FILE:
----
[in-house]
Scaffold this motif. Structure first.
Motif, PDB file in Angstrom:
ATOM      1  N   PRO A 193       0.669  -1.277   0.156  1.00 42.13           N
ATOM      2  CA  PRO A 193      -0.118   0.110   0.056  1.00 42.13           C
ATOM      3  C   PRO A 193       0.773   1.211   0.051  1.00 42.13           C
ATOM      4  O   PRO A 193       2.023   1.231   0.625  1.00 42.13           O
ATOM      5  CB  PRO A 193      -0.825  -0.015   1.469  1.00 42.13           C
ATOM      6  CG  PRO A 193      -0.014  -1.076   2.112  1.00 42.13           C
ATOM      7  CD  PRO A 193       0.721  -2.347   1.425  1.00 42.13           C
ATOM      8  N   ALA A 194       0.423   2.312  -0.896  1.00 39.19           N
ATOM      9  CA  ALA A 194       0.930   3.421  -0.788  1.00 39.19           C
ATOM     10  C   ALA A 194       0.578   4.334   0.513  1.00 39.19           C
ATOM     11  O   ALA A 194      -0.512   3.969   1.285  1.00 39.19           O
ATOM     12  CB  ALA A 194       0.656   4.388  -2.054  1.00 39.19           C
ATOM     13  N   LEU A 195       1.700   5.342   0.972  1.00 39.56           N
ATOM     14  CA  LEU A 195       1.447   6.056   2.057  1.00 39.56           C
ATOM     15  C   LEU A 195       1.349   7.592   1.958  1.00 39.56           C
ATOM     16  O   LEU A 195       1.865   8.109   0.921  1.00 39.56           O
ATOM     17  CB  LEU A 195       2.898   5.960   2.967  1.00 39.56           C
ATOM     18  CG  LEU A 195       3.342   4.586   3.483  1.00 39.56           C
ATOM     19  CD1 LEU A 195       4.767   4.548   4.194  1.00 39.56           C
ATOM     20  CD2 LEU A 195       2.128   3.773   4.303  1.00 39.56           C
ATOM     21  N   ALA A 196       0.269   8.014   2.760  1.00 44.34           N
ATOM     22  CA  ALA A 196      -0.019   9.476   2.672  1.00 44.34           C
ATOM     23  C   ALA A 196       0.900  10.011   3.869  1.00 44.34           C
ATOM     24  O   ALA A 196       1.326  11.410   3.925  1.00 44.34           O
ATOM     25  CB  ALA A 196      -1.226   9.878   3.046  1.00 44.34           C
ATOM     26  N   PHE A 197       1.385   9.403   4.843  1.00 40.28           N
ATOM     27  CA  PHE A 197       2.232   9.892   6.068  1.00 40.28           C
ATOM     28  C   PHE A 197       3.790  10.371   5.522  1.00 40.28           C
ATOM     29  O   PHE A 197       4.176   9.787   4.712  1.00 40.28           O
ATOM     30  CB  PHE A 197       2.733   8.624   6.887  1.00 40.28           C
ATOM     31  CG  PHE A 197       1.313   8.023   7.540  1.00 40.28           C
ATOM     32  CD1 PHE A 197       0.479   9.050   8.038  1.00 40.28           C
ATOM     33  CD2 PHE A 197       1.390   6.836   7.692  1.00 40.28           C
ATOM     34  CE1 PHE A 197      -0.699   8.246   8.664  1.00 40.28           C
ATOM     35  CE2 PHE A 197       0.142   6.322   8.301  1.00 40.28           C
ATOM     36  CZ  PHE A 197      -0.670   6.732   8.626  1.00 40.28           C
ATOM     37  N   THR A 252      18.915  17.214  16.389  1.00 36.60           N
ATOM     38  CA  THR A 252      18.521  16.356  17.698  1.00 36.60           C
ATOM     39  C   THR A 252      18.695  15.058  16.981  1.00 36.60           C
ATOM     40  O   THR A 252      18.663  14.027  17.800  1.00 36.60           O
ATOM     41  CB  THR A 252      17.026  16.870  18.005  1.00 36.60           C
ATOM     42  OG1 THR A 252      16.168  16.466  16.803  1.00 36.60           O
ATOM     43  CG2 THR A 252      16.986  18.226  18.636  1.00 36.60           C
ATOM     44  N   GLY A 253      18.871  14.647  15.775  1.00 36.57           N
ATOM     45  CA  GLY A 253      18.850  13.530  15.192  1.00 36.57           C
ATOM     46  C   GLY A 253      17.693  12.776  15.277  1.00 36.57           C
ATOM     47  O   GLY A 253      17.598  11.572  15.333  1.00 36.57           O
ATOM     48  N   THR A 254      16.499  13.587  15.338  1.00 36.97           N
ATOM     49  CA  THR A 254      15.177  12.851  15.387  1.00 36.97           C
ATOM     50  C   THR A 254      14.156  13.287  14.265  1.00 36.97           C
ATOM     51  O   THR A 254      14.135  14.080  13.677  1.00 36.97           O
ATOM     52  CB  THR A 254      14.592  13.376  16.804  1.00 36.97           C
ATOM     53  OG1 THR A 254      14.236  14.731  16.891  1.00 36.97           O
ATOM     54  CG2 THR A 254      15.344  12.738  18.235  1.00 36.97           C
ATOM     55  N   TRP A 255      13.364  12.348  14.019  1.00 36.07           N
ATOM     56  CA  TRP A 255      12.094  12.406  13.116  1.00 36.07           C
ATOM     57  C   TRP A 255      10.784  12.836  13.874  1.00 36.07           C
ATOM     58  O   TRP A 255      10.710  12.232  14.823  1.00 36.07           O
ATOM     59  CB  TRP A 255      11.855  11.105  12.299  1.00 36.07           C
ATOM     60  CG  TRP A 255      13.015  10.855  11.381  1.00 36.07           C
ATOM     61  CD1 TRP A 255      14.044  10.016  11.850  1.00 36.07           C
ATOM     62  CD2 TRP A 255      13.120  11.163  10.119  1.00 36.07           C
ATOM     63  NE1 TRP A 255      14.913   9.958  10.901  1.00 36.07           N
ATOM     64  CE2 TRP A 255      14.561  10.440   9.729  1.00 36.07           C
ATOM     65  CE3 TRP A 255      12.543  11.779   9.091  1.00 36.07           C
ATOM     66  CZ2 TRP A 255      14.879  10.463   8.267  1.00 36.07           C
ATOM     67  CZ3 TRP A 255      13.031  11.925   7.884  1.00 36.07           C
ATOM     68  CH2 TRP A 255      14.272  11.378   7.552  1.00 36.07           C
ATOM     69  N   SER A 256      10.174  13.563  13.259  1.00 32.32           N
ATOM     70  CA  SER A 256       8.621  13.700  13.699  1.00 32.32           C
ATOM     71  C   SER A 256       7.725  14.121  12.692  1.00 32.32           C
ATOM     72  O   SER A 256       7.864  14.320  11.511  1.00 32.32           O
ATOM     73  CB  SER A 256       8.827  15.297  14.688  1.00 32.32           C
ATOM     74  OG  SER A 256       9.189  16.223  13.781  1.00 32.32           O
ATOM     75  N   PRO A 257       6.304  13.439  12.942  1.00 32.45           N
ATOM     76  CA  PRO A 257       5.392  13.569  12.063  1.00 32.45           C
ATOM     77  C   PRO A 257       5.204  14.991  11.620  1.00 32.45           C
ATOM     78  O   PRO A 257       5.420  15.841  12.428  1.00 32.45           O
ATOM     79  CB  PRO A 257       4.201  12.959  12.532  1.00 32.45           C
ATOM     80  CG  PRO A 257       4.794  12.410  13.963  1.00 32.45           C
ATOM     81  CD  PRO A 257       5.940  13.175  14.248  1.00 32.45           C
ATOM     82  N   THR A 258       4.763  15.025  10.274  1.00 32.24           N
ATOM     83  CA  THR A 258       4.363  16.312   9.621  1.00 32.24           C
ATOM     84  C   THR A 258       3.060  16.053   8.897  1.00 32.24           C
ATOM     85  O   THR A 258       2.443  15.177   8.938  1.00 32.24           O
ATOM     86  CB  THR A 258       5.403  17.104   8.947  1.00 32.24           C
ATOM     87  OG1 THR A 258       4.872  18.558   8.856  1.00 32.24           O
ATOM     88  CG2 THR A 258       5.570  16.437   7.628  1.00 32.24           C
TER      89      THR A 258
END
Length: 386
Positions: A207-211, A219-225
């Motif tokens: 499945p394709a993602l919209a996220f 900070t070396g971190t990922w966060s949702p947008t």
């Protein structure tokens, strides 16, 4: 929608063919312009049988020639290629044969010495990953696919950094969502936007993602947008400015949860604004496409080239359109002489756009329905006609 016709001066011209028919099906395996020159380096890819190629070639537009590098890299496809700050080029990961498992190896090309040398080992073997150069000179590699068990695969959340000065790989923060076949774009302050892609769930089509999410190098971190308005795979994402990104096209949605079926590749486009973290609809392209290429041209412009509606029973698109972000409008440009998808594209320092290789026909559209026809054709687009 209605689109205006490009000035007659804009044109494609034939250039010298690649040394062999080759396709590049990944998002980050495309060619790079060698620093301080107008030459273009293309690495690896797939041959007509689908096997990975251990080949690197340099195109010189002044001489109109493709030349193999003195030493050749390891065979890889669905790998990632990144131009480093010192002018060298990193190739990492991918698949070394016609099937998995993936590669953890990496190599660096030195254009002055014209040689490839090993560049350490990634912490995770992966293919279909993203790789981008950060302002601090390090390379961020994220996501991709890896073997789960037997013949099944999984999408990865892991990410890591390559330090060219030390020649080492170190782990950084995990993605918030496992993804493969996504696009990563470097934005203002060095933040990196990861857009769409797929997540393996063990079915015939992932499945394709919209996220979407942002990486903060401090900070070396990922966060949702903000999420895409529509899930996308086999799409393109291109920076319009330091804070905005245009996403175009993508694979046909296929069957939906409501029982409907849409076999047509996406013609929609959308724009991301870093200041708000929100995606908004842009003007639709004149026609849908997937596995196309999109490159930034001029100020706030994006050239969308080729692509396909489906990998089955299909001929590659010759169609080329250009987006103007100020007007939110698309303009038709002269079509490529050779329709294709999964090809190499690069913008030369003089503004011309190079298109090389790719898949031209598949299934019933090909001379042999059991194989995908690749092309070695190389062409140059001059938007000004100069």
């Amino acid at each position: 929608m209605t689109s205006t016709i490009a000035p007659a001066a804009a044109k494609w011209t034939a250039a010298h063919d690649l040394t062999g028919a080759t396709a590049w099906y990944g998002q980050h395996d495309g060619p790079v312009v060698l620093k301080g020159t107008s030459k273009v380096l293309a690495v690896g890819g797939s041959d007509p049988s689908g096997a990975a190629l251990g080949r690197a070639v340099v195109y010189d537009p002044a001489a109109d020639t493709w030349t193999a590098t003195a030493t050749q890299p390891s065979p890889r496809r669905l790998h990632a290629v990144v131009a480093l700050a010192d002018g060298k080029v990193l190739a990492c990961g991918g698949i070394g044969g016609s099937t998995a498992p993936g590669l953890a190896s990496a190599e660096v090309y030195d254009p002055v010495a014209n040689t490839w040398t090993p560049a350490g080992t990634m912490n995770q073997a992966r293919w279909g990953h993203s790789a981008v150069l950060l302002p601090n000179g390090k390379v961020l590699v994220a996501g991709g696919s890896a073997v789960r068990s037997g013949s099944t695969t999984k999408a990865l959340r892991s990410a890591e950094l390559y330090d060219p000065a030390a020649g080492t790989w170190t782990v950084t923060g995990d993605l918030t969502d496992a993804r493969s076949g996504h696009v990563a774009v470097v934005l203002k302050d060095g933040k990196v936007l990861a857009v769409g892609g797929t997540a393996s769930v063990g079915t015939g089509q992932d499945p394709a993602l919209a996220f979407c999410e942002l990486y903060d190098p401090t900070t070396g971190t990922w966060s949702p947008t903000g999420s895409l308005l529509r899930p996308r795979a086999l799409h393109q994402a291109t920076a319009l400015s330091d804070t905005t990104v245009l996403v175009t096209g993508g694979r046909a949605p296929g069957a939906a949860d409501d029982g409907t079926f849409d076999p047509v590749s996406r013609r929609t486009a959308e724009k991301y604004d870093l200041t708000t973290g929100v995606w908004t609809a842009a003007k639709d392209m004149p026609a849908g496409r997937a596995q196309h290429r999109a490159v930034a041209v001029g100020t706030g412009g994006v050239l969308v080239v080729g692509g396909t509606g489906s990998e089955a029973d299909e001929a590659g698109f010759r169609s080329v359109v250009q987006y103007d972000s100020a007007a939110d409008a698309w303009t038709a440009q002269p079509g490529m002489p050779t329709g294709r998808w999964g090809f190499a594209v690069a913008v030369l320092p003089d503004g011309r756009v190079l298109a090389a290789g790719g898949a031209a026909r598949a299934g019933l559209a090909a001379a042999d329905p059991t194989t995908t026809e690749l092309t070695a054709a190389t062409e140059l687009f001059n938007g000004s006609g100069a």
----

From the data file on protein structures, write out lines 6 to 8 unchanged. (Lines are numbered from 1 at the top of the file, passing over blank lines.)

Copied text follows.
ATOM      3  C   PRO A 193       0.773   1.211   0.051  1.00 42.13           C
ATOM      4  O   PRO A 193       2.023   1.231   0.625  1.00 42.13           O
ATOM      5  CB  PRO A 193      -0.825  -0.015   1.469  1.00 42.13           C